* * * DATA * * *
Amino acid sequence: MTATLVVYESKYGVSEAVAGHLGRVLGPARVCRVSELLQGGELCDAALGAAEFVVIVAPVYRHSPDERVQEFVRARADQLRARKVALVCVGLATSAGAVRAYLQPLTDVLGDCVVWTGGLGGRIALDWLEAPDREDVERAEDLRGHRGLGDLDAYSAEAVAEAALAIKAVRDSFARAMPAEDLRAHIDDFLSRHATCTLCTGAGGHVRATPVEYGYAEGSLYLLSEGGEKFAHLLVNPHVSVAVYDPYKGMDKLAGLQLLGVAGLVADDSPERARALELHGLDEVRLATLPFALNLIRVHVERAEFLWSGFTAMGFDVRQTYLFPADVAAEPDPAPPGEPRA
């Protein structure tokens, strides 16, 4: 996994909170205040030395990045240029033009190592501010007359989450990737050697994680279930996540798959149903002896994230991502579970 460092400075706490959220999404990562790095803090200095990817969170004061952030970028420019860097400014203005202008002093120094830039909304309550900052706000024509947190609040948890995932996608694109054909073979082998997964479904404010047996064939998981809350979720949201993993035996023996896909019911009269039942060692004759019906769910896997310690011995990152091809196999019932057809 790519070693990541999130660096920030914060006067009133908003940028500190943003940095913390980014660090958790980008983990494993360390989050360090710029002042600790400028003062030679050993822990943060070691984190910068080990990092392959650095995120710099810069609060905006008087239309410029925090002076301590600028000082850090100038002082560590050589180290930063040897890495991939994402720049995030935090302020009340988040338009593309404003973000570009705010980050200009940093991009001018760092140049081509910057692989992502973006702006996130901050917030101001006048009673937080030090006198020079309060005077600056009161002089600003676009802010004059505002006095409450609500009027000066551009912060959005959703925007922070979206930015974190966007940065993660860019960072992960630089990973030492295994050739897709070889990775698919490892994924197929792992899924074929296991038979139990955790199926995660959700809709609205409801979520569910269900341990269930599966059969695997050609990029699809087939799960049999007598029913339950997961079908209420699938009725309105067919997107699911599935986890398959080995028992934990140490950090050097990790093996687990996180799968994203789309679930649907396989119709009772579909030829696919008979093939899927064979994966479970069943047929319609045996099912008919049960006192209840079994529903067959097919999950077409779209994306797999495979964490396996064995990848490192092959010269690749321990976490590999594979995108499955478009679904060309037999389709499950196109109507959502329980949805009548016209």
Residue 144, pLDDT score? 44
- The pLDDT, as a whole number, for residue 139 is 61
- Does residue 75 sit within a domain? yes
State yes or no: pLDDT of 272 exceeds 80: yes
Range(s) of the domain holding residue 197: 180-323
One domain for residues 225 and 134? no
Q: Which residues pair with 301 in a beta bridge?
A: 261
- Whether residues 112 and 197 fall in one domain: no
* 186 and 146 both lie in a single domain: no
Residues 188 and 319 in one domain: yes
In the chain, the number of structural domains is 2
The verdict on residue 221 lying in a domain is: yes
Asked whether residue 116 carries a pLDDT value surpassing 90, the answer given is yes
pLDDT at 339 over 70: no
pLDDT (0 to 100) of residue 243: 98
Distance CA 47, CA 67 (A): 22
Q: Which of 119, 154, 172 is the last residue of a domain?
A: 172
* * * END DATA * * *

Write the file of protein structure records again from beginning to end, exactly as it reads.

Amino acid sequence: MTATLVVYESKYGVSEAVAGHLGRVLGPARVCRVSELLQGGELCDAALGAAEFVVIVAPVYRHSPDERVQEFVRARADQLRARKVALVCVGLATSAGAVRAYLQPLTDVLGDCVVWTGGLGGRIALDWLEAPDREDVERAEDLRGHRGLGDLDAYSAEAVAEAALAIKAVRDSFARAMPAEDLRAHIDDFLSRHATCTLCTGAGGHVRATPVEYGYAEGSLYLLSEGGEKFAHLLVNPHVSVAVYDPYKGMDKLAGLQLLGVAGLVADDSPERARALELHGLDEVRLATLPFALNLIRVHVERAEFLWSGFTAMGFDVRQTYLFPADVAAEPDPAPPGEPRA
């Protein structure tokens, strides 16, 4: 996994909170205040030395990045240029033009190592501010007359989450990737050697994680279930996540798959149903002896994230991502579970 460092400075706490959220999404990562790095803090200095990817969170004061952030970028420019860097400014203005202008002093120094830039909304309550900052706000024509947190609040948890995932996608694109054909073979082998997964479904404010047996064939998981809350979720949201993993035996023996896909019911009269039942060692004759019906769910896997310690011995990152091809196999019932057809 790519070693990541999130660096920030914060006067009133908003940028500190943003940095913390980014660090958790980008983990494993360390989050360090710029002042600790400028003062030679050993822990943060070691984190910068080990990092392959650095995120710099810069609060905006008087239309410029925090002076301590600028000082850090100038002082560590050589180290930063040897890495991939994402720049995030935090302020009340988040338009593309404003973000570009705010980050200009940093991009001018760092140049081509910057692989992502973006702006996130901050917030101001006048009673937080030090006198020079309060005077600056009161002089600003676009802010004059505002006095409450609500009027000066551009912060959005959703925007922070979206930015974190966007940065993660860019960072992960630089990973030492295994050739897709070889990775698919490892994924197929792992899924074929296991038979139990955790199926995660959700809709609205409801979520569910269900341990269930599966059969695997050609990029699809087939799960049999007598029913339950997961079908209420699938009725309105067919997107699911599935986890398959080995028992934990140490950090050097990790093996687990996180799968994203789309679930649907396989119709009772579909030829696919008979093939899927064979994966479970069943047929319609045996099912008919049960006192209840079994529903067959097919999950077409779209994306797999495979964490396996064995990848490192092959010269690749321990976490590999594979995108499955478009679904060309037999389709499950196109109507959502329980949805009548016209």
Residue 144, pLDDT score? 44
- The pLDDT, as a whole number, for residue 139 is 61
- Does residue 75 sit within a domain? yes
State yes or no: pLDDT of 272 exceeds 80: yes
Range(s) of the domain holding residue 197: 180-323
One domain for residues 225 and 134? no
Q: Which residues pair with 301 in a beta bridge?
A: 261
- Whether residues 112 and 197 fall in one domain: no
* 186 and 146 both lie in a single domain: no
Residues 188 and 319 in one domain: yes
In the chain, the number of structural domains is 2
The verdict on residue 221 lying in a domain is: yes
Asked whether residue 116 carries a pLDDT value surpassing 90, the answer given is yes
pLDDT at 339 over 70: no
pLDDT (0 to 100) of residue 243: 98
Distance CA 47, CA 67 (A): 22
Q: Which of 119, 154, 172 is the last residue of a domain?
A: 172